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One of the most common statements I hear from pastors pertains to the need for workers—for committed, reliable, and consistent volunteers. Every pastor’s dream is to have an overflowing army of eager, joyful volunteers. When I think of this, I am reminded of David’s words: “Your people will volunteer freely in the day of Your power” (Psalm 110:3 NASB)

One commentary says the literal meaning of this verse is, “Thy people are free will offerings." 1 Another says this word (volunteer) refers to “an entirely cheerful readiness” and says that Messiah’s people will be, “...ready for any sacrifices, they bring themselves with all that they are and have to meet him. There is no need of any compulsory, lengthy proclamation calling them out: it is no army of mercenaries, but willingly and quickly they present themselves from inward impulse." 2

Even if it weren’t for this passage in Psalm 110, we would know that God’s will is for His people to serve Him effectively. Jesus Himself said, “The harvest truly is plentiful, but the laborers are few. Therefore pray the Lord of the harvest to send out laborers into His harvest” (Matthew 9:37-38 NKJV). If believers are to fully mature and to become all that God wants them to be, they will be laborers and workers. Ephesians 2:10 (MSG) says, “He creates each of us by Christ Jesus to join him in the work he does, the good work he has gotten ready for us to do, work we had better be doing.”

Pastors can and should teach about the importance of good works (e.g., Titus 3:8), but ultimately, the impetus and motivation to serve must come from within the hearts of believers as they allow God to do His work on the inside of them. I’ve long enjoyed the Amplified Bible’s rendering of Philippians 2:13: “ is God Who is all the while effectually at work in you [energizing and creating in you the power and desire], both to will and to work for His good pleasure and satisfaction and delight.”

I believe with all of my heart that we are going to see an army of workers arise—men, women, and young people—whose hearts God has touched to serve Him. Leaders and mature believers need to be ready to guide, direct, and mentor these fledgling servants, and perhaps one of the things we can do is to help them ask the right questions in order to get started and to stay on the right track as they serve God.

With that in mind, here are seven questions people should ask as they seek to begin serving the Lord.

1. What is my level of spiritual consecration?
As you consider that, let me ask you some other questions. Are you 100% sold-out to Jesus? Are you willing to sacrifice your comfort and convenience for someone else’s benefit? Is there anything you’re not willing to do for Jesus? Is there anything that you feel would be beneath you? In days gone by, it was not uncommon to hear people at the altar praying and dedicating their lives to God. A common, heart-felt prayer was, “God, I’ll go where you want me to go. I’ll do what you want me to do. I’ll say what you want me to say.” Serving becomes easier when you’ve totally and completely surrendered all of your life and all of your heart to God. Consecration was clearly modeled for us in the Garden of Gethsemane when Jesus prayed, “...not My will, but Yours, be done” (Luke 22:42 NKJV).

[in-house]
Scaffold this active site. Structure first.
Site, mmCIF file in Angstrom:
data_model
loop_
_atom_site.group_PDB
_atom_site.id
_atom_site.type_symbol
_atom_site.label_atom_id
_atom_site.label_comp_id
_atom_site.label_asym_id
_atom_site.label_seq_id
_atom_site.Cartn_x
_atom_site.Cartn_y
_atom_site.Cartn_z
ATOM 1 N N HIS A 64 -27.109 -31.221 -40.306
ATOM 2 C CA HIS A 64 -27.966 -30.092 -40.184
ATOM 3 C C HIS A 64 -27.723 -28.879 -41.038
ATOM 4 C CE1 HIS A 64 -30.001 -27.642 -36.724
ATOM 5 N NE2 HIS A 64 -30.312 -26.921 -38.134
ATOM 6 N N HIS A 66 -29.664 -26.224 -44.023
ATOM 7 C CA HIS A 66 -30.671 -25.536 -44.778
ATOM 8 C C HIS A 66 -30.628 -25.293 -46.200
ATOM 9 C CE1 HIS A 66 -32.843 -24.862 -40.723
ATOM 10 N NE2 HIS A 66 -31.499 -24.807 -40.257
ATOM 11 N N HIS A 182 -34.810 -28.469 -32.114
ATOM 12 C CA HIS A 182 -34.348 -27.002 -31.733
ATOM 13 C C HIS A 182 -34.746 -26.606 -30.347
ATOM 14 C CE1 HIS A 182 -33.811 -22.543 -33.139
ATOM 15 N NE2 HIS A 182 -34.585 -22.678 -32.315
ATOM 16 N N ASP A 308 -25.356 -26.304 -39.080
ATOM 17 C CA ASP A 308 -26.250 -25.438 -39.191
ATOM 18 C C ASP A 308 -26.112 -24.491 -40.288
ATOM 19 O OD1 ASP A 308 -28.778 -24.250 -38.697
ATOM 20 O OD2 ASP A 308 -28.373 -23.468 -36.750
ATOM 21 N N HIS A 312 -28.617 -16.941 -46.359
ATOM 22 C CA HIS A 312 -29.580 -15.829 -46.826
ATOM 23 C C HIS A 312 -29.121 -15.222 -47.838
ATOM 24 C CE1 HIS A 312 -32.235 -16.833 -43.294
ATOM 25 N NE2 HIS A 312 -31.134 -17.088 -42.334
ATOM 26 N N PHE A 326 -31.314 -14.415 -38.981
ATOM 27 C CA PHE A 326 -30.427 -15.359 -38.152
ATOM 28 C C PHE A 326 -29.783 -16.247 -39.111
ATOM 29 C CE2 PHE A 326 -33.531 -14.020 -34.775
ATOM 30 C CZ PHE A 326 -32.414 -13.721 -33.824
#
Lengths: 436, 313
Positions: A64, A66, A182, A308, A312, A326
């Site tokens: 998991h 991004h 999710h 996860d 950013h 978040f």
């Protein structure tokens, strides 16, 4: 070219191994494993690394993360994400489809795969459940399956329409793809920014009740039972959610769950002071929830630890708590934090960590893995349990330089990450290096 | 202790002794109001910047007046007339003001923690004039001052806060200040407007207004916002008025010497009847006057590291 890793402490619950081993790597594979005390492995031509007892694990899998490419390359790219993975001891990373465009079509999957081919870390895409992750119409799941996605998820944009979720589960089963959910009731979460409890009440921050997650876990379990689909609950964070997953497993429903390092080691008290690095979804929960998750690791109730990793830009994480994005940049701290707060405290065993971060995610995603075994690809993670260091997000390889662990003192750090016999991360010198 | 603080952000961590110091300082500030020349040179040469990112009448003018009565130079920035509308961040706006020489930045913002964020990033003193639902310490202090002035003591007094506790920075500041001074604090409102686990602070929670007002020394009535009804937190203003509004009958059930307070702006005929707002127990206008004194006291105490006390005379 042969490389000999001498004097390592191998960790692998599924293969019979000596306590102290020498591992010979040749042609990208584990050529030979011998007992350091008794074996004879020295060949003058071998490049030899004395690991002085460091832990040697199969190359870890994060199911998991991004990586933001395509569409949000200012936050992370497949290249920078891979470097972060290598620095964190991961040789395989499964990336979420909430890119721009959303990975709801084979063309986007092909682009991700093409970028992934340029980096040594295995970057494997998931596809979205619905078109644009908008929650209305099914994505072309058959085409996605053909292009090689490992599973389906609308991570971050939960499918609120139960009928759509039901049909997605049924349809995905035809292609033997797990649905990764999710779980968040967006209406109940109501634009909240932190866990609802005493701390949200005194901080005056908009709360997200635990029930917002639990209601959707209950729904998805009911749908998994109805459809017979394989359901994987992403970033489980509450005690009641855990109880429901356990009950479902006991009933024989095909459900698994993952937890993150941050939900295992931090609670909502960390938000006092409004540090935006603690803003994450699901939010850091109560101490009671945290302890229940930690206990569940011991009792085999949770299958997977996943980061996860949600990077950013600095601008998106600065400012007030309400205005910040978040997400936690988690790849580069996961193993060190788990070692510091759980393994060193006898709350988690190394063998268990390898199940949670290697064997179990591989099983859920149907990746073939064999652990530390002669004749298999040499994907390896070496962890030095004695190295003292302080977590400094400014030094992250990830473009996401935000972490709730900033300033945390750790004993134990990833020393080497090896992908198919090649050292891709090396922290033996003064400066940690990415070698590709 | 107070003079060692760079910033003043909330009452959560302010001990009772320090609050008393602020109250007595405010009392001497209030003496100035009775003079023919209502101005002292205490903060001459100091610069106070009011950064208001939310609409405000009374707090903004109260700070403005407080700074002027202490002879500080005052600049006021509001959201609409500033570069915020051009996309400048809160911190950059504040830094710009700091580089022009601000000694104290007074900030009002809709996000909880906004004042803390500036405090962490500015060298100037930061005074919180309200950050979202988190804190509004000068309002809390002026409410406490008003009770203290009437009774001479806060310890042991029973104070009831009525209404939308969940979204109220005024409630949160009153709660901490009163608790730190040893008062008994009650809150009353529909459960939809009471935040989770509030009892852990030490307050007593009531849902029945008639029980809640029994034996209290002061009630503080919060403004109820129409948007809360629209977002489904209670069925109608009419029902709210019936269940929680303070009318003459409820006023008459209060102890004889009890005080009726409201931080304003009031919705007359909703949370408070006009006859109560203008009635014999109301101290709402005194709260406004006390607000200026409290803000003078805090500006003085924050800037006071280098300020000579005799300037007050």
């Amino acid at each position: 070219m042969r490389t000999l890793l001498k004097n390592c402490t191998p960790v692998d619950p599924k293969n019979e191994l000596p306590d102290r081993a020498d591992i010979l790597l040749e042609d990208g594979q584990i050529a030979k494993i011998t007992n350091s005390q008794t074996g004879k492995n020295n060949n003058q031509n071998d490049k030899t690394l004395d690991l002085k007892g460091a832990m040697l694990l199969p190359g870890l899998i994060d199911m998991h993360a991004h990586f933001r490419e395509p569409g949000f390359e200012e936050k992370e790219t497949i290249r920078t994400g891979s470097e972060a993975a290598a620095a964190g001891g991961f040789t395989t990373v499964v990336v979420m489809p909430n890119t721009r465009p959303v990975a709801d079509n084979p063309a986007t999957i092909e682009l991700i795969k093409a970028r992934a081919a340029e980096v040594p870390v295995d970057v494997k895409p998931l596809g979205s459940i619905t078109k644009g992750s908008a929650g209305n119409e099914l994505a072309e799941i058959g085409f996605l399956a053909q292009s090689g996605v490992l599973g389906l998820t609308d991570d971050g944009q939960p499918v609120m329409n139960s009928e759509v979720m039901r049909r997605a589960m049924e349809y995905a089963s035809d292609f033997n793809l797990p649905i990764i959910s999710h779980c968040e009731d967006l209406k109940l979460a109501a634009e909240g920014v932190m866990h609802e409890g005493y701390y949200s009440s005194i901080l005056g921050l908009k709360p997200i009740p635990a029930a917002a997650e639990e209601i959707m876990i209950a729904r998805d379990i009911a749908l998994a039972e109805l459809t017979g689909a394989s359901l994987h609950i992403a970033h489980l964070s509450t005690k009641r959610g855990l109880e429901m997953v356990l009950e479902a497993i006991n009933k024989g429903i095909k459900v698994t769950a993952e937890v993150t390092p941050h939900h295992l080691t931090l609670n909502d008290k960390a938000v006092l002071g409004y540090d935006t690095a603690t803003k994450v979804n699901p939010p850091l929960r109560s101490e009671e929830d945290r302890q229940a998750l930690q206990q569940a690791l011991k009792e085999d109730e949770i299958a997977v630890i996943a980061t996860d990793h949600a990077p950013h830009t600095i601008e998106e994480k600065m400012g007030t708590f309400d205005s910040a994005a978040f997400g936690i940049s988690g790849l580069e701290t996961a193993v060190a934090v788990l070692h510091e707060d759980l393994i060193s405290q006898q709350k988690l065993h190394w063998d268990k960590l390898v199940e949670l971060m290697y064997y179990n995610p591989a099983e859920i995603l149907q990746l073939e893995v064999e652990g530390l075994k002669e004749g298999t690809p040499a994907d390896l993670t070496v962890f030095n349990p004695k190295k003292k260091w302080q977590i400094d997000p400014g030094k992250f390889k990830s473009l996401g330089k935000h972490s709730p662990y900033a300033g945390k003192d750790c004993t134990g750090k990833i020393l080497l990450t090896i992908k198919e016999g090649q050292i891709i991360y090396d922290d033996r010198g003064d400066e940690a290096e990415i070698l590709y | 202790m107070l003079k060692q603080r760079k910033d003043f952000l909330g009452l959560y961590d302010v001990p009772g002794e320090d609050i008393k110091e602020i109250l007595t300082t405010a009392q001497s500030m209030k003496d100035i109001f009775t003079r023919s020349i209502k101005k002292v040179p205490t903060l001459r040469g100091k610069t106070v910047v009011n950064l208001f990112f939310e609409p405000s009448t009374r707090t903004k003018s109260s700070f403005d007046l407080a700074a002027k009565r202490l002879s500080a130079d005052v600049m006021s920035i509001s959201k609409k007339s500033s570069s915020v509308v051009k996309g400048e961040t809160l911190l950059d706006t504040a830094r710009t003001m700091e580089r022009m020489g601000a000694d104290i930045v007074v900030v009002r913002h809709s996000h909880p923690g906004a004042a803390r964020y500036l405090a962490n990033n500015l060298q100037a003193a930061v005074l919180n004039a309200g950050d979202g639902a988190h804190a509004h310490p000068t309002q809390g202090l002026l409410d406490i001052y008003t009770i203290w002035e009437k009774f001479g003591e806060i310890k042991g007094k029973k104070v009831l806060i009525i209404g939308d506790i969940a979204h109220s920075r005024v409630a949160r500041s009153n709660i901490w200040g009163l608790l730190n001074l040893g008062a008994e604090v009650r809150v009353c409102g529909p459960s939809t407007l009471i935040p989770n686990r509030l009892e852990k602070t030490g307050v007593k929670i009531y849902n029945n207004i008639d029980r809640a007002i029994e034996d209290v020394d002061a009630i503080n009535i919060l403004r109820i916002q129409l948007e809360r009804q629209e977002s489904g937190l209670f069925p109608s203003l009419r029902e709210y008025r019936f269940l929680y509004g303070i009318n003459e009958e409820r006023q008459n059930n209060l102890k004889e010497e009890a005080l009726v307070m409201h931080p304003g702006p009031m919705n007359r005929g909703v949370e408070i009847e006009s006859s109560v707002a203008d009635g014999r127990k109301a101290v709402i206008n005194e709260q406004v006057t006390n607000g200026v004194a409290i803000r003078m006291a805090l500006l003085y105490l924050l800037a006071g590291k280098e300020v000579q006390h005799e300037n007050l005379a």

2. How is my servant's attitude?
Many will say they want to be like Jesus, but have they really considered what that entails? Jesus communicated plainly what it means to have a “kingdom attitude.” Matthew 20:26-28 (NKJV) says, “...whoever desires to become great among you, let him be your servant. And whoever desires to be first among you, let him be your slave—just as the Son of Man did not come to be served, but to serve, and to give His life a ransom for many.” Martin Luther King Jr. said, “Everybody can be great...because anybody can serve. You don't have to have a college degree to serve. You don't have to make your subject and verb agree to serve. You only need a heart full of grace. A soul generated by love.”?

3. What is my level of practical availability?
A person can have all the ability in the world, but it will avail nothing if he or she does not have availability. I understand that people are busy, but have we become so busy that we have no time to serve God? We speak of giving God the first portion of our income, and that is good, but wouldn’t it be outstanding if all of God’s people gave Him a good portion of their time as well? Make it a priority to order your life in such a way that you can give God ample time in worship and in work. Make “seek first the kingdom of God” (Matthew 6:33) a reality in your priorities and in the scheduling of your life.

   1 Jamieson, Robert, A. R. Fausset and David Brown. Commentary Critical and Explanatory on the Whole Bible. Oak Harbor, WA: Logos Research Systems, Inc., 1997.
   2 Keil, Carl Friedrich and Franz Delitzsch. Commentary on the Old Testament. Peabody, MA: Hendrickson, 1996.

Copyright © Tony Cooke Ministries
All rights reserved. Used by permission.

Author Biography

Tony Cooke
Web site: Tony Cooke Ministries
Since 2002, Tony and Lisa have traveled full-time with an assignment of “Strengthening Churches and Leaders.” Tony’s passion for teaching the Bible has taken him to forty-six states and twenty-six nations. Tony, and Lisa reside in Broken Arrow, Oklahoma and are the parents of two adult children, Laura and Andrew.

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